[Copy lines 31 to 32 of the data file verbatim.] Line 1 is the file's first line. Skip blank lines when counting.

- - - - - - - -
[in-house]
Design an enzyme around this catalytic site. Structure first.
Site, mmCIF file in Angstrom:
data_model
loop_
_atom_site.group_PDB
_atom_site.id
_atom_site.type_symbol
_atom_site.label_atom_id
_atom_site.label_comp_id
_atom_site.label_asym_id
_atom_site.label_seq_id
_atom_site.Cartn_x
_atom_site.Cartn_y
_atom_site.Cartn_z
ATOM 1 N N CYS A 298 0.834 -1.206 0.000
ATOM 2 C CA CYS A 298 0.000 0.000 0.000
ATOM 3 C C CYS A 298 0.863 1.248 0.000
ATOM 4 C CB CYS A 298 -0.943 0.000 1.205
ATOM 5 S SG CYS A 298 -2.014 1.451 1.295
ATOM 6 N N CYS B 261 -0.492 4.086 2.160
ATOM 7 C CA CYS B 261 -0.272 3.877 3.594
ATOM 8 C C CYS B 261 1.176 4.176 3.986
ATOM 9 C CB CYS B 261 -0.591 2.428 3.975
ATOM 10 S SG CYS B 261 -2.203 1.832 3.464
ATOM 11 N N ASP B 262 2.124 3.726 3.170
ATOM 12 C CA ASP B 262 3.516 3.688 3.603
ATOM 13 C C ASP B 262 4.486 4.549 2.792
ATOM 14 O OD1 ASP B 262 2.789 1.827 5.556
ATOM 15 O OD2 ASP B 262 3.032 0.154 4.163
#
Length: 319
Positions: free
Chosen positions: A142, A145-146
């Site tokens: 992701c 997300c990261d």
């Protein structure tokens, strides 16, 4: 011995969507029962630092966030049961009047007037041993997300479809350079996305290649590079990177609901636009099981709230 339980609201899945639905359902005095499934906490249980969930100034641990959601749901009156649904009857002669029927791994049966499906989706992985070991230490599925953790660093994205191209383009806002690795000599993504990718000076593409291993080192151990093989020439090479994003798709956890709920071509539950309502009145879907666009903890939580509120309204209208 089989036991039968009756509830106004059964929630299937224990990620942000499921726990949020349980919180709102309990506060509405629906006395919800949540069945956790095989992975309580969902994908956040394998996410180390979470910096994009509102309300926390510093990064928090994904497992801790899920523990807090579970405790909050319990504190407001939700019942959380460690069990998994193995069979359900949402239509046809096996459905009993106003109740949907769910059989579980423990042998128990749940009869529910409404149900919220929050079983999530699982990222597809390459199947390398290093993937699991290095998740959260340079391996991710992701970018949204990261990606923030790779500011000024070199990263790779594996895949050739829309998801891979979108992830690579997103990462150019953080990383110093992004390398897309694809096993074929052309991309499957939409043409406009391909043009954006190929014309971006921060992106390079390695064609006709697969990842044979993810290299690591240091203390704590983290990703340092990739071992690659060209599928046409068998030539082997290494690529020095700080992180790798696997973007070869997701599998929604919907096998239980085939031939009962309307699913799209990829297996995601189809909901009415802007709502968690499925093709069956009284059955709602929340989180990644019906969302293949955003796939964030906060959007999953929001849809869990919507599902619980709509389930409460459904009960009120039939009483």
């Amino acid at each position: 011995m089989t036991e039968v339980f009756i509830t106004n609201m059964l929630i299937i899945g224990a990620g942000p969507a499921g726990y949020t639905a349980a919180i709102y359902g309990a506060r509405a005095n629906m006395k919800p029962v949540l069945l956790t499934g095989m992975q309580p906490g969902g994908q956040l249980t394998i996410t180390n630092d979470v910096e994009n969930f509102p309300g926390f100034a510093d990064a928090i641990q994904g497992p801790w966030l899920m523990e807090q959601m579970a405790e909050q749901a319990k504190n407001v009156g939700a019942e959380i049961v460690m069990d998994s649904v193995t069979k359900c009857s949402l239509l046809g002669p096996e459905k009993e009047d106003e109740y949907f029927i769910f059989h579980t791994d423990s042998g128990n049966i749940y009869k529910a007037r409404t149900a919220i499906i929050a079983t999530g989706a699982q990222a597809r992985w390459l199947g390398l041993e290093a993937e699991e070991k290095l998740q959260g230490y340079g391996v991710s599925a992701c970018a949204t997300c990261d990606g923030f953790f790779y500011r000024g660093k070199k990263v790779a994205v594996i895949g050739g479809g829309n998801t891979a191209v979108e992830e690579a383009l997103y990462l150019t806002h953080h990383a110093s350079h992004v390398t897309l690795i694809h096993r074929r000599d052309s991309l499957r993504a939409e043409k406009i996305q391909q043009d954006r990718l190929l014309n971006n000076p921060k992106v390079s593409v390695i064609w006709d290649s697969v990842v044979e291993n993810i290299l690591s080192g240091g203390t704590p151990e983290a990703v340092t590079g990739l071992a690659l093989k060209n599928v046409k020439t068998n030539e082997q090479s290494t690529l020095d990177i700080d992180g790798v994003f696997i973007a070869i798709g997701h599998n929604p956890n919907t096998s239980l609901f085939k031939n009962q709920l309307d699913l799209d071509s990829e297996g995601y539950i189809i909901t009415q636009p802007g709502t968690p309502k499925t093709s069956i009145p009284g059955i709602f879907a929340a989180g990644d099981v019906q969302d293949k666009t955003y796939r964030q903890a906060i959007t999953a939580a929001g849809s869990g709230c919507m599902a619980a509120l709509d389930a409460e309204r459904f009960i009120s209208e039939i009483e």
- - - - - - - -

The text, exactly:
#
Length: 319